Smart water management (SWM) brings technological sophistication to water governance by providing monitoring, operational and communications capacities through real-time information. SWM's quantification appeals to metric-driven governance but, we argue, also perpetuates a technocratic and instrumental-rationalist mindset. The peril of this mindset is that it sees technology as a solution for sustainability problems caused by deep-seated structural and behavioural faults. This essay reflects on this dynamic by siting the SWM concept within discussions about technocracy, moral hazard and power dynamics. It suggests that SWM's rhetorical positioning undermines its own goals while naively seeking universal applicability, resolvable by embracing the precautionary principle. Copyright © 2020 International Water Resources Association.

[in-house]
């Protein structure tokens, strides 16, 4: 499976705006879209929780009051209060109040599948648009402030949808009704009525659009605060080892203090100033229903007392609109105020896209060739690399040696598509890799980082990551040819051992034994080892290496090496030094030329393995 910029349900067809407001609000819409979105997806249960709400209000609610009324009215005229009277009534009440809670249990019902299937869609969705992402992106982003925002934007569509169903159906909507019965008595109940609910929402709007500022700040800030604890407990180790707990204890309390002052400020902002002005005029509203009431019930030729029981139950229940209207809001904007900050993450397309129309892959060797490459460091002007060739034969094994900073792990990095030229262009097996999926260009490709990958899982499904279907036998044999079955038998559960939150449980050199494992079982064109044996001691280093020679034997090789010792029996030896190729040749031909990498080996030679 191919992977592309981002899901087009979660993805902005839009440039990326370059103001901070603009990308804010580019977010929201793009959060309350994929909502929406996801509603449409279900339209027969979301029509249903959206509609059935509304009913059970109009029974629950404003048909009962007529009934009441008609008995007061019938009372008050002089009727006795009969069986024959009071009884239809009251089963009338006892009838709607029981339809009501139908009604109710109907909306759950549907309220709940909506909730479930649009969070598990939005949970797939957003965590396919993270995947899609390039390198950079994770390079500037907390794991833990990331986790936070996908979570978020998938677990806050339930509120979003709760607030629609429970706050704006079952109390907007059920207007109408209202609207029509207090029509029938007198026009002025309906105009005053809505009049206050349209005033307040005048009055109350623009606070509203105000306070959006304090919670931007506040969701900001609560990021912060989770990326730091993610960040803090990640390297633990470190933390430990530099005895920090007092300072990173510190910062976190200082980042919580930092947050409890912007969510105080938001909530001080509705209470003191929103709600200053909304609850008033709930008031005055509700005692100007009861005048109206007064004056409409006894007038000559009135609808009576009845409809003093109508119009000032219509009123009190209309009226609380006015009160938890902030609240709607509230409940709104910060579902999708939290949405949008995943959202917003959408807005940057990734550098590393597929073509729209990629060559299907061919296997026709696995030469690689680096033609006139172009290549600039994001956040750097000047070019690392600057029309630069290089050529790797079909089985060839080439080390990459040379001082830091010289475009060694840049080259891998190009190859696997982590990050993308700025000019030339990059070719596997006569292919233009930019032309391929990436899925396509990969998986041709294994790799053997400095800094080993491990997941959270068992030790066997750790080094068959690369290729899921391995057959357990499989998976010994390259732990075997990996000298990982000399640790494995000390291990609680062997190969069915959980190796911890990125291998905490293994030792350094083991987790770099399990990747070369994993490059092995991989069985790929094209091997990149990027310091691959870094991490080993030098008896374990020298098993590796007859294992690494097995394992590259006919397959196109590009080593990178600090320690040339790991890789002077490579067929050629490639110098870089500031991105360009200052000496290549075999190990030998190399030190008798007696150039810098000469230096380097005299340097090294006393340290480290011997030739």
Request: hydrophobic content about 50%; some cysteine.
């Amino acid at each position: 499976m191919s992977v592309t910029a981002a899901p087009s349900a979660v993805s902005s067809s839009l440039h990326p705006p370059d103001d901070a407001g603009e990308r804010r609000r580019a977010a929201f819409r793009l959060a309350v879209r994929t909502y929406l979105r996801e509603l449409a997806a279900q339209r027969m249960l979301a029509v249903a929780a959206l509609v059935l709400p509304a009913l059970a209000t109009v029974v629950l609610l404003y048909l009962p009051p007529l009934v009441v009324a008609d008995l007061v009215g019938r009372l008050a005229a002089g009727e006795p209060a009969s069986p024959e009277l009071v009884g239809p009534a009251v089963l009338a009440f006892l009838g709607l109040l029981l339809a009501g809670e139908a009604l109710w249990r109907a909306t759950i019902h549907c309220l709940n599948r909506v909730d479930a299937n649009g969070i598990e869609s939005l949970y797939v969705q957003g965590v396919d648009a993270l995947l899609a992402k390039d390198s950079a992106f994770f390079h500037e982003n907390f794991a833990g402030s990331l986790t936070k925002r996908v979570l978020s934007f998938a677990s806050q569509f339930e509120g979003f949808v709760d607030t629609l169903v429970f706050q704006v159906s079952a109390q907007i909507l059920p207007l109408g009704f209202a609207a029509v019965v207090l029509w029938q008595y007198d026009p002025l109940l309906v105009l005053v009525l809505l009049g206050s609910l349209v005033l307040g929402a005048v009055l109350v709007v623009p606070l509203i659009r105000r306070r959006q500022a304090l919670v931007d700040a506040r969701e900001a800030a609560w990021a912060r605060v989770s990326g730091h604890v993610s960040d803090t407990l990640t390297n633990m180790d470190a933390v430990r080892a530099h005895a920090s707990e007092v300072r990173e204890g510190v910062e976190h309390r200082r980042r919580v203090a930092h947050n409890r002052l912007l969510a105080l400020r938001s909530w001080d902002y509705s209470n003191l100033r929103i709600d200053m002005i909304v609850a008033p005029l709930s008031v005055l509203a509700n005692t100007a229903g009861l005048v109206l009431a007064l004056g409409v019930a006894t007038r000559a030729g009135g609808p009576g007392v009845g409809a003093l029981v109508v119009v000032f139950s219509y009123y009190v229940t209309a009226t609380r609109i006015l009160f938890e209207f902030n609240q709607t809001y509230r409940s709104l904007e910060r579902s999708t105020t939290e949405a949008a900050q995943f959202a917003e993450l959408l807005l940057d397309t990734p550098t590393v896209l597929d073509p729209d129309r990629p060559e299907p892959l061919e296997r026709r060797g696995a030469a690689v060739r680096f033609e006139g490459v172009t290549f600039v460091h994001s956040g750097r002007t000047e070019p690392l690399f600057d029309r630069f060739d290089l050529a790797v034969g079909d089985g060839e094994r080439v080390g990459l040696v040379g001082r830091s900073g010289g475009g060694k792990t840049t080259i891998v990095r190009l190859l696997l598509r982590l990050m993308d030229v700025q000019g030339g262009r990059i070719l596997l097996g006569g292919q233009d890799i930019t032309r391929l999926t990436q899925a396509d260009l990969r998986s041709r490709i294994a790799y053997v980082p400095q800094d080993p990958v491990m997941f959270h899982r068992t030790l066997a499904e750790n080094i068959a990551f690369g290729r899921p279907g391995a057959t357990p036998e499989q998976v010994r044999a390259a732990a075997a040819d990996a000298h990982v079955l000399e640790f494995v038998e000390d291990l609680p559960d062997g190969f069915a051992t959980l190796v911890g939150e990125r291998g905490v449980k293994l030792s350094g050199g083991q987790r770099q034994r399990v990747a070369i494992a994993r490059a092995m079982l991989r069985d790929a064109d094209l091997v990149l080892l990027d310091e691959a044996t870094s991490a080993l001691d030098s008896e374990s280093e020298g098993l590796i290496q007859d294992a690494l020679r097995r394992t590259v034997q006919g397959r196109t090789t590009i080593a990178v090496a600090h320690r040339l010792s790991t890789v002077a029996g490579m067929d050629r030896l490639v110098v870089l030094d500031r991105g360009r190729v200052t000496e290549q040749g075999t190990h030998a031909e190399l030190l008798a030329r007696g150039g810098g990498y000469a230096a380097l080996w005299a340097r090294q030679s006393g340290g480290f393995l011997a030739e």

|Early online date||Aug 2020|
|Publication status||Published - 2020|
CitationHartley, K., & Kuecker, G. (2020). The moral hazards of smart water management. Water International, 45(6), 693-701. doi: 10.1080/02508060.2020.1805579
- Smart water management
- Public policy
- South Korea